The afternoon was a lot of info on flexibility and exercises. We did some flexibility testing too. Neat stuff, I think I'm really going to like it. It's beginner level but it's nice to start putting together a lot of the stuff I've been reading about over the past few years. One more day and then I will jamb my face in the text for a month or so before taking the test.
Saturday, January 30, 2010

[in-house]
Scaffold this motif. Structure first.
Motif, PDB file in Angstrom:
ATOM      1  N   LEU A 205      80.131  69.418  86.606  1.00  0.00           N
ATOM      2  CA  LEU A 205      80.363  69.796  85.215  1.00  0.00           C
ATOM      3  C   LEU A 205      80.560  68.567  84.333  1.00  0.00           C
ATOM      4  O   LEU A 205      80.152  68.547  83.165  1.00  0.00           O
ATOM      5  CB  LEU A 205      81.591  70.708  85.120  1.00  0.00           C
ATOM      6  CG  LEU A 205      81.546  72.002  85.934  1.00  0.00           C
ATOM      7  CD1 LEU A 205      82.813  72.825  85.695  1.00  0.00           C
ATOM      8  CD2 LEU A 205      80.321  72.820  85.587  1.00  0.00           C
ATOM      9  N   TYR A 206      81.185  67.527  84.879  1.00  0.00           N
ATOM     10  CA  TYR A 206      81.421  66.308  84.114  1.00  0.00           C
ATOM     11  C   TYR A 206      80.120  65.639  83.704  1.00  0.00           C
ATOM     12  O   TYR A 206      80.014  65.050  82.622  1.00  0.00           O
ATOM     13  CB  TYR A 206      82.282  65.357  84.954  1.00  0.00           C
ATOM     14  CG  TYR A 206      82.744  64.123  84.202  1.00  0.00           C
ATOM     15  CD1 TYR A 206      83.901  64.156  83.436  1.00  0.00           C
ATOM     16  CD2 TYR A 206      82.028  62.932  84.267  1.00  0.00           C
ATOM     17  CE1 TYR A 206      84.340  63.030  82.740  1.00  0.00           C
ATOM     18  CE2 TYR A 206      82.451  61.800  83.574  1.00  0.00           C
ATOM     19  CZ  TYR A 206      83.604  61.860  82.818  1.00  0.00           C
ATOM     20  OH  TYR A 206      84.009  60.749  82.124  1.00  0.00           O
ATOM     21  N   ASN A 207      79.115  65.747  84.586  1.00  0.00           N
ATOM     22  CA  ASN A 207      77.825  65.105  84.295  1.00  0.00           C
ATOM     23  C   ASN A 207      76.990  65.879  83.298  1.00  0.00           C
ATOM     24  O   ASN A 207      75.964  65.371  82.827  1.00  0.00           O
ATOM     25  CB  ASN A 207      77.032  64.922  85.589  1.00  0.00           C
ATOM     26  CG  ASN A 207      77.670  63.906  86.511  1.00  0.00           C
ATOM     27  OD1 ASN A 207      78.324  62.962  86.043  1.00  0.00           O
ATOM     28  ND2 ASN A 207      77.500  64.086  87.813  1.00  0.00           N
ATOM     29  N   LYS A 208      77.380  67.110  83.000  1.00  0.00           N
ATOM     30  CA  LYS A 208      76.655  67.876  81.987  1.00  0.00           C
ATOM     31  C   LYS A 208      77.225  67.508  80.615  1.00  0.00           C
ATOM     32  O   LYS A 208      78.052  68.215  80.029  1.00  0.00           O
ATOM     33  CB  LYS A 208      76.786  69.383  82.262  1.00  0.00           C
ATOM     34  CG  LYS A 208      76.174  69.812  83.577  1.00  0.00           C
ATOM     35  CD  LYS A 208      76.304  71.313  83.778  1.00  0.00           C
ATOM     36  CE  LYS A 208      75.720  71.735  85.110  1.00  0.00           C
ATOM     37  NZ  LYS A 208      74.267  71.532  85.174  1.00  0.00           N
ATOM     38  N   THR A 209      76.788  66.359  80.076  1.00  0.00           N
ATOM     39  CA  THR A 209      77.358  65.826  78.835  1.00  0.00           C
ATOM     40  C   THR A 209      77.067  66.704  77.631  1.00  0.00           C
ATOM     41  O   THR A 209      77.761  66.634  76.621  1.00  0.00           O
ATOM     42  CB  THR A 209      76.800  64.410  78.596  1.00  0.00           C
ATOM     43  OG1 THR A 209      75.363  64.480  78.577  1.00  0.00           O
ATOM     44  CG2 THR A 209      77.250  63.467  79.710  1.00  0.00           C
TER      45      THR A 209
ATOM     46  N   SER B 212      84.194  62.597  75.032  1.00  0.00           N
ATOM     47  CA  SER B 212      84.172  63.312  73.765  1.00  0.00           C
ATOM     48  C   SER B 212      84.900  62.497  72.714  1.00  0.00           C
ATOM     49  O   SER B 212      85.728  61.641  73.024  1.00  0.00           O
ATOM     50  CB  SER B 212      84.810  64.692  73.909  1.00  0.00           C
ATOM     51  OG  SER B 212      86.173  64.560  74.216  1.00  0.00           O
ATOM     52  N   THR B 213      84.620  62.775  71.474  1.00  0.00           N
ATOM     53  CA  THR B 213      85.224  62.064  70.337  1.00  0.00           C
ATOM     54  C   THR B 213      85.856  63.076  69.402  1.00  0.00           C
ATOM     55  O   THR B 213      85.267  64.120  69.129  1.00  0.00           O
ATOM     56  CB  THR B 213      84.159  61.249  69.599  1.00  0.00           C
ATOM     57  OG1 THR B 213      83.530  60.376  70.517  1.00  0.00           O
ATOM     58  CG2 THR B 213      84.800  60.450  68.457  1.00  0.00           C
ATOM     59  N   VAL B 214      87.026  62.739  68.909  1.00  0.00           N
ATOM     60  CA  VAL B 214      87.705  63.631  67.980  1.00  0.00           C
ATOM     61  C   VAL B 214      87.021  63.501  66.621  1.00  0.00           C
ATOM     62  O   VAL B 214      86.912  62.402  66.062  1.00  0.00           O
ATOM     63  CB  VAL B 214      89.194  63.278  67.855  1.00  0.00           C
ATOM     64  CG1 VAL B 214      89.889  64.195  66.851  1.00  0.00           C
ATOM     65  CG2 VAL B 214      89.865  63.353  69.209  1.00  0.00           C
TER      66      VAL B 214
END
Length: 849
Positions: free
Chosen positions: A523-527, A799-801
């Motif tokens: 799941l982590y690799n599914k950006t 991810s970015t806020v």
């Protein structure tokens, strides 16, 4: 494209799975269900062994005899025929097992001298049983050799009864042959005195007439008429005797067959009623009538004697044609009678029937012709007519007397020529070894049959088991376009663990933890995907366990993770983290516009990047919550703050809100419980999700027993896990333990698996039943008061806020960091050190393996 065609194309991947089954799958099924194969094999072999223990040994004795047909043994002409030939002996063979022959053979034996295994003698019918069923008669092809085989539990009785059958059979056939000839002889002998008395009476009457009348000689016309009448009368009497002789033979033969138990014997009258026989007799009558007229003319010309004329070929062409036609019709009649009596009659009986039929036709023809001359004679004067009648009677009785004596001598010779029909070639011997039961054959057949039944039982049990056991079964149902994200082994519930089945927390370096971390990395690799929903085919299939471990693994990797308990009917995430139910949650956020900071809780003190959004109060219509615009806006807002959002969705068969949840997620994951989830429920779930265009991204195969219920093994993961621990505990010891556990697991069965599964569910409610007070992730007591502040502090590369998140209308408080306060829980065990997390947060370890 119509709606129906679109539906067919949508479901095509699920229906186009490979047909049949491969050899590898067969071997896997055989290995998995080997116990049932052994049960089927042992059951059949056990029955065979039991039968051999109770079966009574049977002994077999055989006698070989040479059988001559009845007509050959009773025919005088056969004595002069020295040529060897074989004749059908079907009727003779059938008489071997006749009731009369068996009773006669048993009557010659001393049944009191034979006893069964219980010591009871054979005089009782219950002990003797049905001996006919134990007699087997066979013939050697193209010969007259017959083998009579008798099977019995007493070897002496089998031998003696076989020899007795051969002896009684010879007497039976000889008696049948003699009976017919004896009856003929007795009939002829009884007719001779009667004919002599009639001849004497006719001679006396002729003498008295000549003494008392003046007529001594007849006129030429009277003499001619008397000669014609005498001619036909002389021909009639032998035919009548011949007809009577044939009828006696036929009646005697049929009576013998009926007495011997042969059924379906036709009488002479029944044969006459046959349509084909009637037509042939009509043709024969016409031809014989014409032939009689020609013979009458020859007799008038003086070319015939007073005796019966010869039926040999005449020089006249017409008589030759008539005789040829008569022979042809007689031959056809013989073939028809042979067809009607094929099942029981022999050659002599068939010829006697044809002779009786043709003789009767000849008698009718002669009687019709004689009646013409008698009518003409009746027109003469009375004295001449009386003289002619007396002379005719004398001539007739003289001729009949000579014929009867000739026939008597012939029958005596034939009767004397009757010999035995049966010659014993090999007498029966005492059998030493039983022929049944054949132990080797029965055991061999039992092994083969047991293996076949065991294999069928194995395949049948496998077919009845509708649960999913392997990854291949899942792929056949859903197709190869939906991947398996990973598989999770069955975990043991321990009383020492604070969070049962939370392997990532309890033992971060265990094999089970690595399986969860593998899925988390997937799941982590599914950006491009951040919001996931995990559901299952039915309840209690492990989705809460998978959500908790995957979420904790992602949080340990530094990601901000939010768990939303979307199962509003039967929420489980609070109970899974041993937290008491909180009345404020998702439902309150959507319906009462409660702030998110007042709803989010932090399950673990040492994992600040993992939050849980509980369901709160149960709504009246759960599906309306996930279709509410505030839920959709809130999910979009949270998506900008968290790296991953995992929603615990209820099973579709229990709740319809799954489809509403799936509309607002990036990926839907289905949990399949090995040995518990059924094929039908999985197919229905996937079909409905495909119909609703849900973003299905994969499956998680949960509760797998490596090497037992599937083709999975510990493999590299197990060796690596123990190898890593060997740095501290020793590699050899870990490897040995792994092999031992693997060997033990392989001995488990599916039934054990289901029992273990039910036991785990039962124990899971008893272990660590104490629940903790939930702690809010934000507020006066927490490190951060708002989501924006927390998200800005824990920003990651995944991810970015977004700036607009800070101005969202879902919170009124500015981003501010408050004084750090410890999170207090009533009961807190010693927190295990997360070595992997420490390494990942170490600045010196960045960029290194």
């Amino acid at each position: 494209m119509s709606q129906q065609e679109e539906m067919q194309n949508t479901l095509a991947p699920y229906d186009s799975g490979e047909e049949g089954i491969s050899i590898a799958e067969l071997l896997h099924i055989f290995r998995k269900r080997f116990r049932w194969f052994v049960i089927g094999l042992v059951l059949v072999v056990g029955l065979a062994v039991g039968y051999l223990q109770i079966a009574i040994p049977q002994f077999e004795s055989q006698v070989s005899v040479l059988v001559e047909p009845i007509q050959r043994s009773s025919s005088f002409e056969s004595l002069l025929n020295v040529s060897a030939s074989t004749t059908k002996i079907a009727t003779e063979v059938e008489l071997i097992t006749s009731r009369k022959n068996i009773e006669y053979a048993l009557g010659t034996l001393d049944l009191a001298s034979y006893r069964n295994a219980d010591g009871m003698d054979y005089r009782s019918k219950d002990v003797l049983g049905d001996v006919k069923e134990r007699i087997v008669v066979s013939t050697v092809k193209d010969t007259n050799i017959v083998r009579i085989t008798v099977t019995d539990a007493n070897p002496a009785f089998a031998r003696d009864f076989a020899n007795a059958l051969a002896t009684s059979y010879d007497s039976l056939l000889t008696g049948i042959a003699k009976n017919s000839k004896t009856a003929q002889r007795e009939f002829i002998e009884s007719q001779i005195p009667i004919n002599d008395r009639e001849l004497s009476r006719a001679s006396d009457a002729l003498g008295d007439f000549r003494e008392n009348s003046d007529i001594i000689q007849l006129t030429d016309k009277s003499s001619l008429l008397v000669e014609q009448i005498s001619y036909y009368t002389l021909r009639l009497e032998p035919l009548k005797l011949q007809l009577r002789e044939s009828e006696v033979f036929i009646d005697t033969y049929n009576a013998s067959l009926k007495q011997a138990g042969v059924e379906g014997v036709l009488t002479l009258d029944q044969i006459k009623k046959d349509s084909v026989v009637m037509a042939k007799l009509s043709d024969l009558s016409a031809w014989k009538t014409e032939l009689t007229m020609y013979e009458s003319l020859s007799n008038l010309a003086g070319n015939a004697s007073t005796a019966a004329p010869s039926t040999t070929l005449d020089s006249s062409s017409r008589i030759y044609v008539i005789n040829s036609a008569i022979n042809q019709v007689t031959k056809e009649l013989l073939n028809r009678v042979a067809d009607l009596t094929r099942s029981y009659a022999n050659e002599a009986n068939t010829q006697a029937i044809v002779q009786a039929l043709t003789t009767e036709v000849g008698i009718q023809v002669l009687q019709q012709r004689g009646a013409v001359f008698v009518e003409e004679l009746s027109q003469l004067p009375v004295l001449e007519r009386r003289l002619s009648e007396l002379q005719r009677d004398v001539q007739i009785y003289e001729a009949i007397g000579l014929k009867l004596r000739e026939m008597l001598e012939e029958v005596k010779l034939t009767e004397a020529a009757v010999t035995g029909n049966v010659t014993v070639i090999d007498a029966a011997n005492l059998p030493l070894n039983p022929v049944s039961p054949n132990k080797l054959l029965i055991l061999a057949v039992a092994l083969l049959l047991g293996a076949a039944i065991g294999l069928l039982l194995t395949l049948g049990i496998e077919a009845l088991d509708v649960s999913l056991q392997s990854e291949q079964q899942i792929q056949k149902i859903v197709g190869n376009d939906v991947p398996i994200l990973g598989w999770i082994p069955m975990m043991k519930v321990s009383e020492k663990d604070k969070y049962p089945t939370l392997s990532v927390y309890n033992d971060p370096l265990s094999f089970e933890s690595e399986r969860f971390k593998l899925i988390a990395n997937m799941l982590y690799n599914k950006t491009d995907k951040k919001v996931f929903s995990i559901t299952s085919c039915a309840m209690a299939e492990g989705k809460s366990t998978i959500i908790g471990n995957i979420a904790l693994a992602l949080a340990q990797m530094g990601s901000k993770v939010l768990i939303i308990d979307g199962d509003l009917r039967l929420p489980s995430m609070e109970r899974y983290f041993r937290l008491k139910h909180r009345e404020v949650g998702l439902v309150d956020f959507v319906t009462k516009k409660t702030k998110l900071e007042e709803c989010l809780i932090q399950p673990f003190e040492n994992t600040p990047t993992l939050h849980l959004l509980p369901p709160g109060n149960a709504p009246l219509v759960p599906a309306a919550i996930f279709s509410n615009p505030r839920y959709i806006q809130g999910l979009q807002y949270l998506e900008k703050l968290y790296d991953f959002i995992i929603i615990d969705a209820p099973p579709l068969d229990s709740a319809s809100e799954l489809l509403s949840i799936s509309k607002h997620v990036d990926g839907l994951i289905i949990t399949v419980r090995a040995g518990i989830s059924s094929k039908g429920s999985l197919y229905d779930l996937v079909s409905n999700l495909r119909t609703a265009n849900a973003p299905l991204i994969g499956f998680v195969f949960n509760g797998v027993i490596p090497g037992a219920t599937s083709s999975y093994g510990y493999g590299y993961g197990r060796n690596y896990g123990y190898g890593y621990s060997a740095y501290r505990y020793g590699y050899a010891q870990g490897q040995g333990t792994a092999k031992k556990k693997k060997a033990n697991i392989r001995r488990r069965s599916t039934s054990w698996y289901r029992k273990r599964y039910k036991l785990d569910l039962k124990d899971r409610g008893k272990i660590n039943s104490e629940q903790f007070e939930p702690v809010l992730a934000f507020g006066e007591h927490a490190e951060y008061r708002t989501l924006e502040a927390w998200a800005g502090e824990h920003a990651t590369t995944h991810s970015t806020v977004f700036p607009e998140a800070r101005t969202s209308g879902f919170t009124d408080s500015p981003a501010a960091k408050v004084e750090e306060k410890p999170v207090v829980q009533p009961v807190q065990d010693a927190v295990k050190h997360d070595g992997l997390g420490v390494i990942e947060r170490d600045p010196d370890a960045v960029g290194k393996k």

So, Day TWO was long but I came away with a lot of good information. I had a little fun too. It's been interesting listening to the instructor talk for the past two days about how to deal with the "general population" and just touch on things that would only apply to "elite" athletes. Every time something would come up like "periodization", I would start salivating thinking that I was going to really hear some good stuff and she would just brush by it. I understand though and am glad I am going to Maryland for the USAT Clinic as I am sure things will get a lot more specific. This is, after all a CPT clinic, not a class on how to write a training plan for a triathlete. So today I listened intently until it was time for the group participation part. This is where I had a little fun. I am the only GUY in the class so when it came time for the body fat testing instruction the girls all had a ball testing ME. I was a good sport and came away with a number of 11.6% which I highly doubt given I am heavier than I was before Clearwater and I tested at just under 12%. Then came the old "3 - minute step test". We had to take our resting heart rate before stepping up and down on at 12" step for 3 minutes to the beat of a metronome at 96bpm. My HR was 55 before I started. When I finished, I sat down and my partner took my pulse again for a full minute. I took a couple of deep breaths to see how low I could get it. She looked a little bewildered when the instructor said "OK stop". I said, "what was it?" She shook her head and said "Sixty". I just smiled, looked at the teach' and shrugged. heheheheheh